minute Mama drops one worm (any musical object) into one beak (a 
node) -- abandoning the avian simile now -- the entire net crystallizes into 
a new content computed by the functions on the arcs. The Lewin net has 
computed a new whole which is isographic to the first and to any other 
such crystallization.
Just as in the neural net machine, ¬knowledge║ is embodied in the 
Lewin net's connectivity (relation R) and in the meanings of the arcs. For 
neural nets, the semantic function F\arcs/sem maps arcs to numbers that 
serve as weights; for the Lewin net, F\arcs/sem maps arcs to members of 
a group of functions. 
To compare the two kinds of nets further as processing machines: in 
neural nets, the functions that compute reside in the nodes as nodal 
content, while data fed to these functions initiates in the input vector fed 
to the input nodes and filters through the weights that reside on the arcs, 
which are (I would argue) part of the data for that functioning net. (I do 
not count the activation states of the nodes as data, since each state is 
merely a stage in the composite filter-function that makes up the node.) 
For Lewin nets, the data (musical objects) reside in the nodes as nodal 
content and are fed to and result from the functions that reside on the arcs. 
A neural net takes as input a vector of values, one for each input node; 
this vector is a representation. The net processes this input representation 
and outputs a vector of values, one for each output node; this vector is 
also a representation. Only input nodes receive input, only output nodes 
put out, and any nodes that do neither are called ¬hidden.║ A Lewin net 
takes as input one (perhaps musical) object, which may be put in any of 
its nodes. The output of a Lewin net is the entire ensuing functionally 
related content of all the nodes in the net. Any Lewin-net node may be an 
input node, and all Lewin-net nodes together are the output. In the Lewin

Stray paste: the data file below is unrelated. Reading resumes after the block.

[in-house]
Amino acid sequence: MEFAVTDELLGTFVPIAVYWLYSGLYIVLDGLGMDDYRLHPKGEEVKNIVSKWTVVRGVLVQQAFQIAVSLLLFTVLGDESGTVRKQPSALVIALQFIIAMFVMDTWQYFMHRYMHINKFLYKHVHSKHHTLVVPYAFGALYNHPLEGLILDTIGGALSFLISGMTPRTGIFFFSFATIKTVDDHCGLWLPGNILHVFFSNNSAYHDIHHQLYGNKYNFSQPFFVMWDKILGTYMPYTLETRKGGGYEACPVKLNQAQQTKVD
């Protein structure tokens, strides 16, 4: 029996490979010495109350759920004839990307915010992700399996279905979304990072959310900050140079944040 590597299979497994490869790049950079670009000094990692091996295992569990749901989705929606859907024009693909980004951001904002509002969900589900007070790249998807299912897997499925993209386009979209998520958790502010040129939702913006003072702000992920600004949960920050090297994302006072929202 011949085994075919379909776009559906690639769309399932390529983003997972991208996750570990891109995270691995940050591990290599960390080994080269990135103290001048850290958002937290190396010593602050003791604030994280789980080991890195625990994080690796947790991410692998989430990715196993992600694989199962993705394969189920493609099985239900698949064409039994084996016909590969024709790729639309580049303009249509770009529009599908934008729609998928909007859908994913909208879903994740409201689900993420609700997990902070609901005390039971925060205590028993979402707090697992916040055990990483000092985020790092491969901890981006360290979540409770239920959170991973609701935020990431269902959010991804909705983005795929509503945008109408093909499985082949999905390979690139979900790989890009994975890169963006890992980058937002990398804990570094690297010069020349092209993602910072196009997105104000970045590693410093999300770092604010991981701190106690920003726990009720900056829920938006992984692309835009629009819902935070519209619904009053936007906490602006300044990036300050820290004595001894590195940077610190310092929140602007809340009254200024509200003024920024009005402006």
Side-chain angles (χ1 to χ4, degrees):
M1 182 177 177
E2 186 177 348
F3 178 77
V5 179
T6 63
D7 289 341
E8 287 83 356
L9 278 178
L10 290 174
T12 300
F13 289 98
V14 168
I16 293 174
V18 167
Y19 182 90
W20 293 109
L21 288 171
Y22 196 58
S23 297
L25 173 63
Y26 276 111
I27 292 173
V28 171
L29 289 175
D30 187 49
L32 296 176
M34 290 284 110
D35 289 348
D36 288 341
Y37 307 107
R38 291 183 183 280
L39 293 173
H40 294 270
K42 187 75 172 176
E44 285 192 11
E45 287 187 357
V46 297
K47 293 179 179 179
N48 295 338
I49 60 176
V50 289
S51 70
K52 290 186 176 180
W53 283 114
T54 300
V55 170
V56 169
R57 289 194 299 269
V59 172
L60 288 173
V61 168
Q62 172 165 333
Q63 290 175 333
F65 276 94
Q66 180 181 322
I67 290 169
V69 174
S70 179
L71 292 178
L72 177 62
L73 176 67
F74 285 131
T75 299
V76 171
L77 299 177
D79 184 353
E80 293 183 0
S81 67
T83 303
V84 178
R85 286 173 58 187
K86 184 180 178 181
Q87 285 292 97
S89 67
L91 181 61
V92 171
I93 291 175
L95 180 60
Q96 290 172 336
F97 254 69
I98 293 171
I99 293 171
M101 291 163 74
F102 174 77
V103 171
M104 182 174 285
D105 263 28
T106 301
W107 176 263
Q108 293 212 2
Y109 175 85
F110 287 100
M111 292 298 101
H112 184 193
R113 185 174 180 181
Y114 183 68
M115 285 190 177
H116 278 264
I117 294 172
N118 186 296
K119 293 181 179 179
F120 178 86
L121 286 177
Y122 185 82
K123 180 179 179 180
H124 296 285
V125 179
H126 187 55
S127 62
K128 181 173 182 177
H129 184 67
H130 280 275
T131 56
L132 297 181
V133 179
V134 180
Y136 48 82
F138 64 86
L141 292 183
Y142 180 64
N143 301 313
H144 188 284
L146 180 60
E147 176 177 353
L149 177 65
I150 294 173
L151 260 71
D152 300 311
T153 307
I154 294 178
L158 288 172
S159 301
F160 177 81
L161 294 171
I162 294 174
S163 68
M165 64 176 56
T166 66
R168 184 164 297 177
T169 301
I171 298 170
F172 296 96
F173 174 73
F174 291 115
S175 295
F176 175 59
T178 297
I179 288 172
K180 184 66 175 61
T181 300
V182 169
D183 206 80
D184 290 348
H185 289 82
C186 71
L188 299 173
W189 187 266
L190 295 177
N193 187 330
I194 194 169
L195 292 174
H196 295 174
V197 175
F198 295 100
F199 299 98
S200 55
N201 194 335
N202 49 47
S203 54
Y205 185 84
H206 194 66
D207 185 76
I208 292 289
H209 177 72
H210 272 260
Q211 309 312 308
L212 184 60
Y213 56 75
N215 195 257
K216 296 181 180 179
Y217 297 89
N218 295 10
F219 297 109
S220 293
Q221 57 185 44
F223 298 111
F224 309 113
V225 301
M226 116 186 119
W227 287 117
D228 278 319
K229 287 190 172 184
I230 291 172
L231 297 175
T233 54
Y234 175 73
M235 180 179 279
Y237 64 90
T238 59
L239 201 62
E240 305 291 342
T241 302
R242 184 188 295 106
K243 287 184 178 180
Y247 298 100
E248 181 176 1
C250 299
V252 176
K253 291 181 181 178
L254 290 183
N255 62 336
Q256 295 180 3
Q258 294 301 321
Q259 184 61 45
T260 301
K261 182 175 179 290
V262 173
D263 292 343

net, the content of each node is a representation, and the net as a whole is 
a representation.
In the end, it seems that what distinguishes a processing model from 
an analytical model is not so much the model itself, but where the interest 
of the user lies. Models tend to be characterized as ¬processing║ ones 
when the user is interested in getting a result. The focus is on the transfer 
function from the set of inputs to the set of outputs. On the other hand, 
users of ¬analytical║ models are interested in what's going on there. They 
use their sense of what's going on in the model as one face of a coin 
whose obverse is what's going on in the musical piece. The same 
distinction can be made for research in AI: some researchers just want the 
result, others are interested in the process itself as a model for some other 
process, such as neural activity in the human brain. 


5.  Networks reconsidered: multidimensionality

 Two aspects of music make it a particularly difficult analytical study 
from a formal point of view. One is its intimately temporal nature; the 
other is its inherent multidimensionality. An analyst of stock-market 
fluctuations is interested in ¬time series,║ harmonic analysis, and so on -- 
many of the tools are not inapt for musical analysis, too -- but in the end 
the market analyst is only interested in the behavior of one variable as a 
function of time.  Musicians have to pay attention to many variables. 
Moreover, it would oversimplify, and falsify, to describe music as a 
function of time. Rather, time is one of a number of qualities which vary